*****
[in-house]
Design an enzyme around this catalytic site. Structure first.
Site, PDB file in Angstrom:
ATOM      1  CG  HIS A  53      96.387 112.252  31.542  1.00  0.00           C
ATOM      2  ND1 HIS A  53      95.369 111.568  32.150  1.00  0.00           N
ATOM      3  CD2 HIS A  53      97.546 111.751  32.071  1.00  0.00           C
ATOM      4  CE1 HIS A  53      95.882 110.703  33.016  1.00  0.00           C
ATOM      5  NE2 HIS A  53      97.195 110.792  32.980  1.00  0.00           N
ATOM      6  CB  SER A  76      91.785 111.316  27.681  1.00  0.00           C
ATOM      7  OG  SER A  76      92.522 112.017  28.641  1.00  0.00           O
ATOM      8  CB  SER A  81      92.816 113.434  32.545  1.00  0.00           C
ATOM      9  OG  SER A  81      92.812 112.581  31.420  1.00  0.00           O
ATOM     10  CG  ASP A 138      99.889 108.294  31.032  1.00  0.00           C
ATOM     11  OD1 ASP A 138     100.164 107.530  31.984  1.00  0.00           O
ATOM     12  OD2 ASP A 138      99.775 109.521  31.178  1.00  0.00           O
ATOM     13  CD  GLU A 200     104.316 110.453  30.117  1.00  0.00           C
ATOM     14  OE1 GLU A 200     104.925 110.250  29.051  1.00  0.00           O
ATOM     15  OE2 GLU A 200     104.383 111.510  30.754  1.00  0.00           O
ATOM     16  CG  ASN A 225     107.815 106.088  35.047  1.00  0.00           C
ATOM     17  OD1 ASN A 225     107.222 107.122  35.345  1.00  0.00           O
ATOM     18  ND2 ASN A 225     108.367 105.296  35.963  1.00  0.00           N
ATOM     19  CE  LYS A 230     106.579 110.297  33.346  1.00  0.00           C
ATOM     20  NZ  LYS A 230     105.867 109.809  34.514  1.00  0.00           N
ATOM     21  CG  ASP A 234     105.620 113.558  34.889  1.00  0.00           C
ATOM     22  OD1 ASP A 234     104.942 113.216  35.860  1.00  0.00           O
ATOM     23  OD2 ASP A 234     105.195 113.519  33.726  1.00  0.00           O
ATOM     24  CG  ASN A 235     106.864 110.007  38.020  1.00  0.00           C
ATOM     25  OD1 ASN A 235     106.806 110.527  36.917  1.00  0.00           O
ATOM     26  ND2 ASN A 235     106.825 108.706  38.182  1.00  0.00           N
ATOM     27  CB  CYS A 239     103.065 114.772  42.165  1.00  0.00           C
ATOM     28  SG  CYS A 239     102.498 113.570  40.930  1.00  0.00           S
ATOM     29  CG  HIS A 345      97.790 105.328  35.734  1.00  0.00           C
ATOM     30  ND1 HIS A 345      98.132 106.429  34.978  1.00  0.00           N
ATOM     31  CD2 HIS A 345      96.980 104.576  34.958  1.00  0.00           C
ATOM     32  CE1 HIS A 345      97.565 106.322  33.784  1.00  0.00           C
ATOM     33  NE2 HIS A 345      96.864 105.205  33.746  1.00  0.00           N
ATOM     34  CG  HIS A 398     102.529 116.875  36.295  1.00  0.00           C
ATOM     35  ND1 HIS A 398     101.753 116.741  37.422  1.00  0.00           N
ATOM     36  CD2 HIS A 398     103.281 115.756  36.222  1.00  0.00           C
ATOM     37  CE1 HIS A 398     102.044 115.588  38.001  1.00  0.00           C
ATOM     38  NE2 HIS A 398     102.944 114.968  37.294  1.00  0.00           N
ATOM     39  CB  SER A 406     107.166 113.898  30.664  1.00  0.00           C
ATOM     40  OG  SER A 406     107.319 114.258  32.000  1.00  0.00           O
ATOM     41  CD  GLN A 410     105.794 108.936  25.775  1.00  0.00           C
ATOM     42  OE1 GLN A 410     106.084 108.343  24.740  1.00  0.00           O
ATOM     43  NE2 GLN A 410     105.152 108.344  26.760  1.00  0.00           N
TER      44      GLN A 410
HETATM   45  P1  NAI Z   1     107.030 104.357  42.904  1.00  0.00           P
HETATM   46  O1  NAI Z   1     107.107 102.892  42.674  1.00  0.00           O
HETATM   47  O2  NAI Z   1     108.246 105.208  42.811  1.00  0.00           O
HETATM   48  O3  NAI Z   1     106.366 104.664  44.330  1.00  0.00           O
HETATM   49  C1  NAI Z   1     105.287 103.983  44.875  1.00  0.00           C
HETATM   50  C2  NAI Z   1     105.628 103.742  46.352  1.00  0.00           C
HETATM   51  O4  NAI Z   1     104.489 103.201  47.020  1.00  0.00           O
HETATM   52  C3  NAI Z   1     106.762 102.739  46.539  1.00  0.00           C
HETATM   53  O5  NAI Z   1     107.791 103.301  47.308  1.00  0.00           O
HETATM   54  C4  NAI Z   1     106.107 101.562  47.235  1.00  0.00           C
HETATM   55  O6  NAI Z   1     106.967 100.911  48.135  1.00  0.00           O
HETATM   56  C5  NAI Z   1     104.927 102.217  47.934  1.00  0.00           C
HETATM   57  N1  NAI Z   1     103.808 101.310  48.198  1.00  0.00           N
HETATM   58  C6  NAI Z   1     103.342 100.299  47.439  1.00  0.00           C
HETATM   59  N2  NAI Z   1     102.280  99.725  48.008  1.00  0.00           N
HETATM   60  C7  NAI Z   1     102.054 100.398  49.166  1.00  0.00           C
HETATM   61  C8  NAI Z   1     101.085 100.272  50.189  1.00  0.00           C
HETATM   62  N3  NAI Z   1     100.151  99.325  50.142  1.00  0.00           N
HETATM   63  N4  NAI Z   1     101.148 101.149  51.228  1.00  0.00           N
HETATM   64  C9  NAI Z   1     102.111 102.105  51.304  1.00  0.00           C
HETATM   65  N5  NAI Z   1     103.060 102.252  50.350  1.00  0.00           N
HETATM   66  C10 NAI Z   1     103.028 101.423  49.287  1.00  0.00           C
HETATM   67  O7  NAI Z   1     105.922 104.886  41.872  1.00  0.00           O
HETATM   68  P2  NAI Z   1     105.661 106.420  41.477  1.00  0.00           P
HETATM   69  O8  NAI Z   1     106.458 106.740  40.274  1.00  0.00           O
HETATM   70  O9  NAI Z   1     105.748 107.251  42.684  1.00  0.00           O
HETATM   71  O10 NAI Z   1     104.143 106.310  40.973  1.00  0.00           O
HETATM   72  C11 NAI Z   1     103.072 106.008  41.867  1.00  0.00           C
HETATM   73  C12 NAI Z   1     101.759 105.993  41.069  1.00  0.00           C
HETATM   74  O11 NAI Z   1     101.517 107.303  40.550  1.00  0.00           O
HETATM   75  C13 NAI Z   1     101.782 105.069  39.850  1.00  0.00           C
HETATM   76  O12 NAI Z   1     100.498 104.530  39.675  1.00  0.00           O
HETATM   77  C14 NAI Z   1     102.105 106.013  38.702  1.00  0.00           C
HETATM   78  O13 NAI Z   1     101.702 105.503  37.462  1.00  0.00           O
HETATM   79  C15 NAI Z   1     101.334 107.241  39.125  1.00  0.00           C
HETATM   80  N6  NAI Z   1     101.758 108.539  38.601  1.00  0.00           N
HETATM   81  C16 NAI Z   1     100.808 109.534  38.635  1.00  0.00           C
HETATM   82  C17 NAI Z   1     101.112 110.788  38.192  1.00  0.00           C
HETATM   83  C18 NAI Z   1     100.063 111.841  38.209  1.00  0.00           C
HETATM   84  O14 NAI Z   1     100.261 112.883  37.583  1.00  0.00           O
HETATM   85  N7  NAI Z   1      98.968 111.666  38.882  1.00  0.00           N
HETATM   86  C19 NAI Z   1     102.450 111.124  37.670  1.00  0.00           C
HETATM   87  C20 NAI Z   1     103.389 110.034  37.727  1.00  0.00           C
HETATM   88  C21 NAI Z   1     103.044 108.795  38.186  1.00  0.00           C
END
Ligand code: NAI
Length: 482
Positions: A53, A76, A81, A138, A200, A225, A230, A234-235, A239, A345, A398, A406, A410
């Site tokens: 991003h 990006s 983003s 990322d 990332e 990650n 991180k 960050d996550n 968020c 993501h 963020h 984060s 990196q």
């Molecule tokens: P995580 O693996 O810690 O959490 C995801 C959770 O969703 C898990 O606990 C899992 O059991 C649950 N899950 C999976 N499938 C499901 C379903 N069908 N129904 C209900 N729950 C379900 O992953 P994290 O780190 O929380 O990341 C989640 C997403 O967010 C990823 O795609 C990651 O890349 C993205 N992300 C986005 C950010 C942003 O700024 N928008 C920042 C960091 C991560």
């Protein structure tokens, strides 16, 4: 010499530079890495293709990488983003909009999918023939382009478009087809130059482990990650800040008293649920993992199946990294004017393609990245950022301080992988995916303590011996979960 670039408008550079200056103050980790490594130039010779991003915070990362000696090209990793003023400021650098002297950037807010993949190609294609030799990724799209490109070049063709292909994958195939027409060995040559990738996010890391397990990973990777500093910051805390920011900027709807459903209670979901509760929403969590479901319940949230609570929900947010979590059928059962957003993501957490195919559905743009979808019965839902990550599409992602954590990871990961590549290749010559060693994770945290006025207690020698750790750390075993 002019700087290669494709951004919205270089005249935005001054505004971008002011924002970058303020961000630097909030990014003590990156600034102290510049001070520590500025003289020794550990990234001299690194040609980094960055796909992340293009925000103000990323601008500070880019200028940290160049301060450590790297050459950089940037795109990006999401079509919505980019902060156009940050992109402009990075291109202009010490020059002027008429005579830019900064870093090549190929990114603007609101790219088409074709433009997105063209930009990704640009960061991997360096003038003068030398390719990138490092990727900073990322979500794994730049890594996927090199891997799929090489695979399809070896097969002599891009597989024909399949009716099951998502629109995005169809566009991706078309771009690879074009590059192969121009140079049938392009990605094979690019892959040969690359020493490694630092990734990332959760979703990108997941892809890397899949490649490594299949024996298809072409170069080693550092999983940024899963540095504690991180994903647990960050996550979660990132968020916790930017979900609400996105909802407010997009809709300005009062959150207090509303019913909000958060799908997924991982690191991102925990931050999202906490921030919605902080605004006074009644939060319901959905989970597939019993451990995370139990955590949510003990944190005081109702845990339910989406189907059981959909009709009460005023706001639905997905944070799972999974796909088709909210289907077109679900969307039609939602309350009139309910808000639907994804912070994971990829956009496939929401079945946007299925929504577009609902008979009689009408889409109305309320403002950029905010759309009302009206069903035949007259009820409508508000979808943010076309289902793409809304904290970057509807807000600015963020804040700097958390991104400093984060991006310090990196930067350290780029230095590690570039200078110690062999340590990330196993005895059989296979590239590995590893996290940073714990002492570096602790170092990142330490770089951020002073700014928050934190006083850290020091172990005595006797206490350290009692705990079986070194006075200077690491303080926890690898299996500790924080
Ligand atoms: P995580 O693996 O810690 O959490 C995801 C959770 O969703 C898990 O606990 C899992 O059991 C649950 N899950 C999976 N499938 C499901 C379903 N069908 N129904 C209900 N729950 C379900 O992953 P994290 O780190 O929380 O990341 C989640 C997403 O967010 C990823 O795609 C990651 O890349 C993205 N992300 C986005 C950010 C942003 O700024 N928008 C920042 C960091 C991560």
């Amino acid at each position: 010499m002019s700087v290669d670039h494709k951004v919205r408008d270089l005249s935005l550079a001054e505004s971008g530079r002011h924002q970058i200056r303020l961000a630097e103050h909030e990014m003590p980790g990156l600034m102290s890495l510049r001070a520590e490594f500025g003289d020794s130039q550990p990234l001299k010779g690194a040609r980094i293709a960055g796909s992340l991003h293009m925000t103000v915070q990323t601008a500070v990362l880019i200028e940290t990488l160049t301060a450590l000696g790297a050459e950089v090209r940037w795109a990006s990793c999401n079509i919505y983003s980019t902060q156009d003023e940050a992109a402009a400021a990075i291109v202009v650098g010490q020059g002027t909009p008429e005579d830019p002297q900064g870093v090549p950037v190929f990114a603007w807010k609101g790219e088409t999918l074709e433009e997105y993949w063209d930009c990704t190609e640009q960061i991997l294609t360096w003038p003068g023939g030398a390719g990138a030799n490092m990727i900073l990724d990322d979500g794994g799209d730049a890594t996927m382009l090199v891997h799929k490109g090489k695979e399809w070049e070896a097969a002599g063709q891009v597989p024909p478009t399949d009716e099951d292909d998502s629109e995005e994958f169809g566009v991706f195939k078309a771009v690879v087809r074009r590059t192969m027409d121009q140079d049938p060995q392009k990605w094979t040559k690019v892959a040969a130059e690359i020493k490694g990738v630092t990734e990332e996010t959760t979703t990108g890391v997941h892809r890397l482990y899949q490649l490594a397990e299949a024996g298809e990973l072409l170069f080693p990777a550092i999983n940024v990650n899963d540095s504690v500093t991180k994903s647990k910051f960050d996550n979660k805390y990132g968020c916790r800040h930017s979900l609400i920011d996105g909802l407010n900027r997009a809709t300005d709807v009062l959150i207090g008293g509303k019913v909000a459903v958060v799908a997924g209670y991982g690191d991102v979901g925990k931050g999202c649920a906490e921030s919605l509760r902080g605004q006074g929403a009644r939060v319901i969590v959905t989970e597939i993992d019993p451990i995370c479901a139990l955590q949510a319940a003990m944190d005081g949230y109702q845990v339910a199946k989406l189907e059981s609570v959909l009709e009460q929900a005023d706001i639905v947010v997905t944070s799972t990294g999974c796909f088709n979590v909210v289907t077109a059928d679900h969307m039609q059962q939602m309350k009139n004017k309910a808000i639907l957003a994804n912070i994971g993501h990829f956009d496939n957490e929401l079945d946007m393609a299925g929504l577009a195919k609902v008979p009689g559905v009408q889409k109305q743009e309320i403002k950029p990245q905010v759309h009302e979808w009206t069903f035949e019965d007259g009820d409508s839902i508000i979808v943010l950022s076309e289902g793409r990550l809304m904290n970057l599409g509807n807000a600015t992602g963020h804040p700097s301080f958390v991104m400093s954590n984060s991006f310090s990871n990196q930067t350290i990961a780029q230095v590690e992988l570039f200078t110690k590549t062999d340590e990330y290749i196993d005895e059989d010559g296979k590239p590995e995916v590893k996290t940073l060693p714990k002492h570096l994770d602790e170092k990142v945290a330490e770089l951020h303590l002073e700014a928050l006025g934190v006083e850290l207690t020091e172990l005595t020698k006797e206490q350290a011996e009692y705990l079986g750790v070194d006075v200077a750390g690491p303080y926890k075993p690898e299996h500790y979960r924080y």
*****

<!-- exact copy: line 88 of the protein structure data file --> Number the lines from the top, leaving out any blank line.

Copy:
HETATM   85  N7  NAI Z   1      98.968 111.666  38.882  1.00  0.00           N